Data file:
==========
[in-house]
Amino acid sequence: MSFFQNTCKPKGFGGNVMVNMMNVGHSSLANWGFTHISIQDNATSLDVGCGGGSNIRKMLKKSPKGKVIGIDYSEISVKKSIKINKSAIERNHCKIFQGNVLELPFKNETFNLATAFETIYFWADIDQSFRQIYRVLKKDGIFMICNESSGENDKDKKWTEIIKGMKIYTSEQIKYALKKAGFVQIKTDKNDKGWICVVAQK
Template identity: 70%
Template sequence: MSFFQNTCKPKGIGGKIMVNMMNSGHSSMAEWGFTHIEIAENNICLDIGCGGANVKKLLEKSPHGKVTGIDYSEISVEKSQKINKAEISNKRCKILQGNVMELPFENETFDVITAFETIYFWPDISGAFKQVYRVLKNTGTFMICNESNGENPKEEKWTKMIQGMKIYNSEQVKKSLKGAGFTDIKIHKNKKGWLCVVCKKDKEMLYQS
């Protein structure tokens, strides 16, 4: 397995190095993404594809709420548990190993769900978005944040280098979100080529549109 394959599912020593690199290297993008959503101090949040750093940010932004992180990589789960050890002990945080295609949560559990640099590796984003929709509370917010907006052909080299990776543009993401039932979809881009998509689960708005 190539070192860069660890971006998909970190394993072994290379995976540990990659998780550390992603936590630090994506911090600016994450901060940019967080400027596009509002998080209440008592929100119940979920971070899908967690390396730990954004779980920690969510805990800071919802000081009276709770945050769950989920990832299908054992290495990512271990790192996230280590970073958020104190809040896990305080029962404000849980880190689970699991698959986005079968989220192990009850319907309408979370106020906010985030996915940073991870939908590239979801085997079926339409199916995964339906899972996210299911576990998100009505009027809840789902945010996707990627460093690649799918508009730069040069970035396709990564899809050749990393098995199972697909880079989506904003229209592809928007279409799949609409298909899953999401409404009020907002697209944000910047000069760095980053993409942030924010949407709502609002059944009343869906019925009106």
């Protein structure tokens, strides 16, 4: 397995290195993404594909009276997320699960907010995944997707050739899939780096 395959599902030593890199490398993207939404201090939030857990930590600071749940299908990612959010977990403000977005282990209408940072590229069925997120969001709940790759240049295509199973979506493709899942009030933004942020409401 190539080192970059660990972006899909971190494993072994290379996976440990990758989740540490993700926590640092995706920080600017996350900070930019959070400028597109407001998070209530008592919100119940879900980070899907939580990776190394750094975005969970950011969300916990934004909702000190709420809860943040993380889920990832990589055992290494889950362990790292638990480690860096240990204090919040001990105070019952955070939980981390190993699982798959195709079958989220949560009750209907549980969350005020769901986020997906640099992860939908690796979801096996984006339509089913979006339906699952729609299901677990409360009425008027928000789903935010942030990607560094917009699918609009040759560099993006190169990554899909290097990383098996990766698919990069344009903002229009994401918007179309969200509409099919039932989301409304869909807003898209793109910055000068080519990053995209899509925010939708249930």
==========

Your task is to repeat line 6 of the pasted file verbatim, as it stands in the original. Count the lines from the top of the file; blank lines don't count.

């Protein structure tokens, strides 16, 4: 397995290195993404594909009276997320699960907010995944997707050739899939780096 395959599902030593890199490398993207939404201090939030857990930590600071749940299908990612959010977990403000977005282990209408940072590229069925997120969001709940790759240049295509199973979506493709899942009030933004942020409401 190539080192970059660990972006899909971190494993072994290379996976440990990758989740540490993700926590640092995706920080600017996350900070930019959070400028597109407001998070209530008592919100119940879900980070899907939580990776190394750094975005969970950011969300916990934004909702000190709420809860943040993380889920990832990589055992290494889950362990790292638990480690860096240990204090919040001990105070019952955070939980981390190993699982798959195709079958989220949560009750209907549980969350005020769901986020997906640099992860939908690796979801096996984006339509089913979006339906699952729609299901677990409360009425008027928000789903935010942030990607560094917009699918609009040759560099993006190169990554899909290097990383098996990766698919990069344009903002229009994401918007179309969200509409099919039932989301409304869909807003898209793109910055000068080519990053995209899509925010939708249930």